Kii Audio GmbH added to its digital Ethernet-based Kii Three loudspeaker system ($13,900) with the new Kii System Controller ($1760). The controller delivers input selection as well as six user-configurable presets. It also has a large volume knob that begs you to turn it up.

Innous new Zen Mk II music server ($3499) was making gorgeous music in room 504 coupled to the Aqua La Scala Mk II Optologic D/A ($7000), LinnenberG Maestro preamp ($1200), LinnenberG Allegro monoblock power amplifiers ($5400/pr.) and Rethm Bhaava loudspeakers ($3900/pr.) tethered together with AntiCables Reference Series Level 3 cables. The Zen employs a linear power supply populated with ultra-low noise regulators and Nichicon MUSE capacitors, and has an anti-vibration treatment on its chassis. It includes an independent floating optical drive and an internal hard drive platform. The two gigs of dedicated internal memory allow music files to be loaded and played without having to constantly engage the internal hard drive.

Emotiva displayed its new budget-friendly line of BasX components, which included the CD-100 CD Player ($299). Among its features are analog outputs that boast a frequency response flat from 20Hz–20kHz, +/-0.35dB. It also has digital outputs that are designed to deliver bit-perfect standard coax and optical SPDIF digital audio for an external DAC.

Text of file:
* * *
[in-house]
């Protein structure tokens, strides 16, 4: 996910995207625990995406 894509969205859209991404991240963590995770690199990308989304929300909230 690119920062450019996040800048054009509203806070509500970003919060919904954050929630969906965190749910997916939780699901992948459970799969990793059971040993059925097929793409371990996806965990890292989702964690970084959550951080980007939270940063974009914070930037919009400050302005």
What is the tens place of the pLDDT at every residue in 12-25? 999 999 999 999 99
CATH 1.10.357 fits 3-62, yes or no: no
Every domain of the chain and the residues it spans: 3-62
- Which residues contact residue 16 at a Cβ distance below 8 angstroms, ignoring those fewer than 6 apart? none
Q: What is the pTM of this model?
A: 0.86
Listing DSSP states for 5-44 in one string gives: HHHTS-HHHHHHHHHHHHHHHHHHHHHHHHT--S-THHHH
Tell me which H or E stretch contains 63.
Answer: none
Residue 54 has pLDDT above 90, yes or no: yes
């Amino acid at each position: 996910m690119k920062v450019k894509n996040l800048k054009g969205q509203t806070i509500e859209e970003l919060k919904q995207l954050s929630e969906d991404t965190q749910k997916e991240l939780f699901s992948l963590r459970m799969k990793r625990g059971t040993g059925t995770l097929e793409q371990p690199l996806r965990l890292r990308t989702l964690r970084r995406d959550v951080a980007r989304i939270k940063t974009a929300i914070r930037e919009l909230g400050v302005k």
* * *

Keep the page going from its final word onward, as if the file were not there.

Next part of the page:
Audionet highlighted its new Plank CD player ($18,800) and Ampere optional power supply ($11,200) in room 420, combined as part of a massive system that included the YG Acoustics Sonja 1.2 (72,800), Kronos Pro turntable ($38,000) with Air Tight Opus 1 cartridge ($15,000) and connected with Kubala-Sosna cabling. The system was fast, clean, and still very musical.


HiFiMan had a waiting line to listen to its Shangri-La electrostatic headphone system ($50,000), which offers a frequency response of 7Hz to 120kHz. The 35-pound tube-based amplifier had an effortless quality to its overall sound in addition to tight, yet dynamic bass. I would have liked to spend more time with the Shangri-La, but the looks from the folks waiting to take a turn dissuaded me from listening to the entire Mahler 1st.